Well, I’ve got no right to dispute or argue with either Art, or Russell Wilson. But I do have a couple a points. First, I liked Wilson’s use of the baseball analogy, he used to play baseball, and at a pretty high level too. So he says to keep on swinging, keep up the process and the hits will eventually drop. Even if you’re pretty good but 0 for 12 at one point. OK, I like baseball too, and to just provide another perspective, here goes…. Getting beaned hurts. A lot, but it passes. Imagine getting beaned a couple times last week, a couple times yesterday, and a couple times at todays game. No-bod-ee is getting over that mentally, and I’d bet that for the next several at bats, the mental situation would be a bit less than fantastic. And manifest itself in the next several at bats.
Then, back to football, same line of thinking though… Just yesterday a semi famous scribe (Art) wrote of Wilson that ” He’s getting pounded. ” Meaning I think, that Wilson has been sacked and hit a lot for weeks at least lately. Ouch, but there’s not many tougher than Wilson. Still, its got to have a mental effect. And maybe a physical one too.
Fix Wilson getting pounded all the time and a lot of the Seahawks weakness disappears. Thats what I think.
I believe that was a big part of the column: The O-line injuries leave Wilson vulnerable. It’s not exactly new; he’s always been in the top third annually of QB sacks/hits. But in previous years, he typically has had good RBs or good D, or both. That’s not the case at the moment.
I guess what’s scary is what unit is doing well? Other than the kicking game, here are my grades:
QB – B+
O line – F
RB’s – F
Receivers – A
LB’s – B
DB’s – D
DL – C
Some grades are the result of injuries, but these are their status as I see them going into the Cardinal game.
So ok everyone, have at it!
For a 6-3 team, you’re harsh. Glad I didn’t have you as my English teacher.
haha – I’d slap you around with my thesaurus!
Come on Art – 6-3 yes, BUT 1-3 their last 4 games. These are grades as the positions are today going into the Cards game. Come on, they are 100% open for opinion/change/correction. It’s what makes rankings interesting when they cannot be based on facts. So go for it!
I think you’re grading the O-line unfairly based on their last 2 games being subpar. For most of the season though, they’ve been rated pretty highly by PFF; and considerably higher than Seattle’s O-line usually has been under the current regime.
The RB group should also get graded on a curve. They were easily earning a B (or higher) before Carson and Hyde went down in Arizona. And the sheer magnitude of their loss and how it affected the team cannot be understated. I won’t play the “if” game, but I will say that I doubt Seattle would have gone 1-3 over the last 4 games with either or both of them healthy.
On the flip side, I think giving the D-line a C grade may be generous.
And I don’t think I’d have given the DBs anything but an F. And I feel bad saying that. I mean, other than the 4th quarter of the SF game and the entirety of the Bills game, the DBs have been doing “better” recently, but they honestly didn’t have much choice after giving up 1,319 passing yards the first 3 weeks. I believe that they’ll continue to improve but they’ve been a dumpster fire most of the season and dumpster fires get Fs in my book.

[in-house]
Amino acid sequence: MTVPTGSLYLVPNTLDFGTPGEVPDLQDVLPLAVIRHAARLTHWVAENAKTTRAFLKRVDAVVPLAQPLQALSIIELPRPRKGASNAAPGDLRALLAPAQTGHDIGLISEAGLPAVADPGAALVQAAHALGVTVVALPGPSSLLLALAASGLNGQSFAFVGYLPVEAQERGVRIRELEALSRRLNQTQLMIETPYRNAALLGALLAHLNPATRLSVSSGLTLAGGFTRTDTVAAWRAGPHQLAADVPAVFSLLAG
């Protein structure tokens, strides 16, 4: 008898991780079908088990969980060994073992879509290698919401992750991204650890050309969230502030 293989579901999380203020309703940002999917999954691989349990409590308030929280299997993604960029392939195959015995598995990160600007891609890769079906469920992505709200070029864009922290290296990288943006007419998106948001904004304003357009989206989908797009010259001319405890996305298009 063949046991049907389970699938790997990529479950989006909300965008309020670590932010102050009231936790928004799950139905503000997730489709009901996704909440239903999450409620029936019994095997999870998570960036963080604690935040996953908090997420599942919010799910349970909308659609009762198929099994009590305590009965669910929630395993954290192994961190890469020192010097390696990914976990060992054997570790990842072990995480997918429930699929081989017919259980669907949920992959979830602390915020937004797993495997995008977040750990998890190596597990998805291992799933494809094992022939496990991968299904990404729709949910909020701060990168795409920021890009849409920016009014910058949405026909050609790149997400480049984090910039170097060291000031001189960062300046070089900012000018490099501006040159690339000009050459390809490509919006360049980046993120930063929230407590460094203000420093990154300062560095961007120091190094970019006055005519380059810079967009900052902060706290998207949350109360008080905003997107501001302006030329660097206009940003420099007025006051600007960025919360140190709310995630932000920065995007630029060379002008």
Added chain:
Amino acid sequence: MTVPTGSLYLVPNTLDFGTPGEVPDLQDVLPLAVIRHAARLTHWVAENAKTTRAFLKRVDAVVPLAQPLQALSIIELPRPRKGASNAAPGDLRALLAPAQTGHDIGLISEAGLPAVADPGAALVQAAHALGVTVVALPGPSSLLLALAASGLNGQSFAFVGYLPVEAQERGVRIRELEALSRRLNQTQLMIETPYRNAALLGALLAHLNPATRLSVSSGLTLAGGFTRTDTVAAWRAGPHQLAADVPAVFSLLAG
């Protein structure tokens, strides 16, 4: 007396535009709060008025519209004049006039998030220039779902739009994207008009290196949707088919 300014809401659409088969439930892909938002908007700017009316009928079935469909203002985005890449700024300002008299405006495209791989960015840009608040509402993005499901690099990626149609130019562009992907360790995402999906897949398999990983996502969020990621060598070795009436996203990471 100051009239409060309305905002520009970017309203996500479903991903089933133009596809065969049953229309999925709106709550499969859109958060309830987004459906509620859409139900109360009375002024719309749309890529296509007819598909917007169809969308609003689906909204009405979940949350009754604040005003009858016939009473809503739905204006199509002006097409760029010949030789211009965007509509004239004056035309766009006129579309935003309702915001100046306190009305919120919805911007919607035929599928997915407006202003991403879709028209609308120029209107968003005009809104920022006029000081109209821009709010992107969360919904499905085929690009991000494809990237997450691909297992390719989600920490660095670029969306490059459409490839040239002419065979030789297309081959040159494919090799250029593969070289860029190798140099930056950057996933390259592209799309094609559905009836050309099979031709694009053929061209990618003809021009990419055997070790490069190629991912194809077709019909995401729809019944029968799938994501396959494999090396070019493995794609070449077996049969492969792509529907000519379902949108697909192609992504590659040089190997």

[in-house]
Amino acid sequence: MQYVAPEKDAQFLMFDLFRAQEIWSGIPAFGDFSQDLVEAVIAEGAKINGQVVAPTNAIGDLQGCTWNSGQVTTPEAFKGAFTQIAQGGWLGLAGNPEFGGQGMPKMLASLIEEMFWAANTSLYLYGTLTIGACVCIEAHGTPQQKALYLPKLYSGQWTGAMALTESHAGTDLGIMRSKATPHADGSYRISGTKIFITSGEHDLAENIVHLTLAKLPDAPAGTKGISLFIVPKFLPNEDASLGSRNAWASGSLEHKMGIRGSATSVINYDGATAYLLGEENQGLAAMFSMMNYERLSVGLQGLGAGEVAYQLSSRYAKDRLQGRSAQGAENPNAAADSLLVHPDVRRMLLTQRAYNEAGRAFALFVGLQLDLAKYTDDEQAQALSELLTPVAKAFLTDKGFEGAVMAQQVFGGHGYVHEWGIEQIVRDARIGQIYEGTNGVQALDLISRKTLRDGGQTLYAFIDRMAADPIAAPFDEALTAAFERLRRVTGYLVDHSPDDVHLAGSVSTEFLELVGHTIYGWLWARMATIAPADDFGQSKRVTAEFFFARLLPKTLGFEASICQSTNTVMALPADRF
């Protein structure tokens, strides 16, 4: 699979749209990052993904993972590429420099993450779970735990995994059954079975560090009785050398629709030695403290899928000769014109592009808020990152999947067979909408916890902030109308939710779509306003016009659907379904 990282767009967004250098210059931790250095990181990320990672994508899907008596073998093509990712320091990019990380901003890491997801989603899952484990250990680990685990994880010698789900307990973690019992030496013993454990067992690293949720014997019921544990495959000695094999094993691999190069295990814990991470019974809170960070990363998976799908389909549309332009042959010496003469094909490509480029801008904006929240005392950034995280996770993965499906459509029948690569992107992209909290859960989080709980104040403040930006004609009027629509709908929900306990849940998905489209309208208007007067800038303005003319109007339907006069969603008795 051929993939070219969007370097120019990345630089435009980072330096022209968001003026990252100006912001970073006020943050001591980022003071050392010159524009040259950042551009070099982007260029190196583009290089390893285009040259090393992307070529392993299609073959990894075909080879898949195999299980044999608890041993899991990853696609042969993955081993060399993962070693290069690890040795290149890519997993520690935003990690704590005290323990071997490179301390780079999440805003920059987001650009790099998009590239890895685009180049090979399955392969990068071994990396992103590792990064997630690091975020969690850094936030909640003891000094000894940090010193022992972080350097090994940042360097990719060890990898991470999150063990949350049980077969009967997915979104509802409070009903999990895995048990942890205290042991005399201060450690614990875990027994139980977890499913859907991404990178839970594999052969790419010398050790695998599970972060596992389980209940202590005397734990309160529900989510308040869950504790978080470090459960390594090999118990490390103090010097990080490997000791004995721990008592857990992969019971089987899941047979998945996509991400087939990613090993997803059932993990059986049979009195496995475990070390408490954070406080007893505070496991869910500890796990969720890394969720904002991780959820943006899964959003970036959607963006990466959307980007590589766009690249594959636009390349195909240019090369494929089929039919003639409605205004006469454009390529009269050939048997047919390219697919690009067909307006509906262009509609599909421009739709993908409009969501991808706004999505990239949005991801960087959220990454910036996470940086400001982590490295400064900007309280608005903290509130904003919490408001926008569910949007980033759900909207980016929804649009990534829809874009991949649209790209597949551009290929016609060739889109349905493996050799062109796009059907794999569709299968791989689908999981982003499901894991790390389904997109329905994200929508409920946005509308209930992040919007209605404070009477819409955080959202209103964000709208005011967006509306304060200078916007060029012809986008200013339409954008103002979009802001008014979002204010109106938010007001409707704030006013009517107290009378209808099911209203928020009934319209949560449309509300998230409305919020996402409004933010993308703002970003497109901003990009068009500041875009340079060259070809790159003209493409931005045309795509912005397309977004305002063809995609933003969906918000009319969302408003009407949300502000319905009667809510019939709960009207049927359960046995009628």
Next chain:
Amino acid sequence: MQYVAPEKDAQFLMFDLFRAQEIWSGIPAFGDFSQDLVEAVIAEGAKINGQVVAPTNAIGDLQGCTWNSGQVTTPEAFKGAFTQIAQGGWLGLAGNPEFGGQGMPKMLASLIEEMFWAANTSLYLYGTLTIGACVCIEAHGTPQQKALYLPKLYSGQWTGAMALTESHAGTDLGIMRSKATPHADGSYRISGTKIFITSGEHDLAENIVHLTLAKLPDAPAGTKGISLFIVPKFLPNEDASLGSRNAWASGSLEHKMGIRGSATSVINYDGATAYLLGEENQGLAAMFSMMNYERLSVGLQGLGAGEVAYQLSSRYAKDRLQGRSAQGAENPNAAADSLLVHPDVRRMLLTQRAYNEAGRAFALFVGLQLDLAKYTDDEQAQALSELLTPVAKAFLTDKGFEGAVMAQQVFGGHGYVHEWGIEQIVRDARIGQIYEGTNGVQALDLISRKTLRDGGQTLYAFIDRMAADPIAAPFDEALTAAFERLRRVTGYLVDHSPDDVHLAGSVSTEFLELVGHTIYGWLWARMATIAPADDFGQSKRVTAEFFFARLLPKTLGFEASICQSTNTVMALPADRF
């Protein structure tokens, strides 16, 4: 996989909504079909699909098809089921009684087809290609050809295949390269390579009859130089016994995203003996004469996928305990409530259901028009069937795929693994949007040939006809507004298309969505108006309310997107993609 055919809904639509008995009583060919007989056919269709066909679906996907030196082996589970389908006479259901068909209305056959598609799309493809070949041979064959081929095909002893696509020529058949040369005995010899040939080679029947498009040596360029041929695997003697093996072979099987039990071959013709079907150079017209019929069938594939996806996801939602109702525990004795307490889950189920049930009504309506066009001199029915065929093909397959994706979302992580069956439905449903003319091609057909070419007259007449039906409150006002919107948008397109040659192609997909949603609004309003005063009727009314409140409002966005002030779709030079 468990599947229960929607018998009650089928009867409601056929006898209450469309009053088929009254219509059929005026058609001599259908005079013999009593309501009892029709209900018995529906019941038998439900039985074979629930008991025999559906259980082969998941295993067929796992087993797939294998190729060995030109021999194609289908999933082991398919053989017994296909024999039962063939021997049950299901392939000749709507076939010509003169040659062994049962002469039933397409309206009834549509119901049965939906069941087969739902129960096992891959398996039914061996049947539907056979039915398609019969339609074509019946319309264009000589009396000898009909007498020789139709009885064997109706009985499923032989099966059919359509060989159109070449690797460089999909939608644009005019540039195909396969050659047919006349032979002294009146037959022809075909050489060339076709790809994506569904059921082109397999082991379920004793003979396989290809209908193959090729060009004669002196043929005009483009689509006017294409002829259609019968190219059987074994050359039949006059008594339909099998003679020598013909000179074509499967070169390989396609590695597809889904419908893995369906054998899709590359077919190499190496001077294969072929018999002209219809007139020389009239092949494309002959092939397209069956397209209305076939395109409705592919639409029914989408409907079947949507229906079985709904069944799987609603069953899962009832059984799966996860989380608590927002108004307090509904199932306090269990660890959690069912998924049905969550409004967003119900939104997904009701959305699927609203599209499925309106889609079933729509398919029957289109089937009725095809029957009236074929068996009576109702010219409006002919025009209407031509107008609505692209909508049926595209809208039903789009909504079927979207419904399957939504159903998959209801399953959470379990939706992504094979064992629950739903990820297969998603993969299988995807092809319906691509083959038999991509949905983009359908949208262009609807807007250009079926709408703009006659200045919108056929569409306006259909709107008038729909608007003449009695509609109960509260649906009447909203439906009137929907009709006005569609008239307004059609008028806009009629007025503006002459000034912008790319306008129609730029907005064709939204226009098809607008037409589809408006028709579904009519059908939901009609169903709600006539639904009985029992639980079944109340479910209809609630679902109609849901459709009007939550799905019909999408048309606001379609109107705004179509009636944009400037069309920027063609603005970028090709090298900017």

Dunbar is now on the 3-game reserve list, but injuries have damaged any chance for coherence.
This is all rough. “Too bad” is probably the best I can come up with. This 6-3 team is about an inch away from 7-5 after Cards, Eagles, Giants (don’t laugh – the Giants are surging and are playing loose as all get out). Plus, I think Tyler Ott is the backup center now, so, there’s that. Or maybe it’s Jason Meyers. Or me. At this point, all I wish for is health for everyone, even the stupid people.
Right now at the Clink, er, Lumen, rookie Damien Lewis is practicing at center.
I’m so happy I was wrong. It was a rather skillful win, especially for a Thursday. Very sorry to see Greg Olson get his comeback cut short, but there’s a spot in the booth for him. Brandon Shell? Who knows if he’ll play again this year? And Bo Scarborough? I always liked him for the Seahawks out of Bama, but had no idea he was the 7th string RB. And then, after a relatively productive night… bang. Poor guy.
“All right (with no arms or legs), we’ll call it a draw.”
One of cinema’s most hilarious absurdities.
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All teams have O-Line deficiencies of varying degrees as well as injuries throughout their roster. DangeRuss is at his best when he spreads the wealth among his receiving targets which hasn’t been happening during the Hawks losing skid. At this point the best tonic the team can have is getting healthy. IMO Wilson should be getting rid of the ball ASAP to compensate for the inconsistency of the line. And they are inconsistent because there’s been times they’ve been fine. I find myself wishing DJ Fluker was still here.
Regarding Wilson, Carroll has often wished the same. But it’s part of the package that comes with his style of play.
How ironic is it to wish that we still had BJ Finney?
(since many of us lamented his signing when both Pocic and Fuller ended up above him on the depth chart coming out of training camp)
He could be the offense’s MVP right now. Seahawks starting Damien Lewis at center.
That’s both funny and painful at the same time. ROOKIE POWER !!!!
And now we don’t even have The Clink.
But we do have the Loo (hope you’ve been to the UK).
Good! I was wondering what you were going to come up with.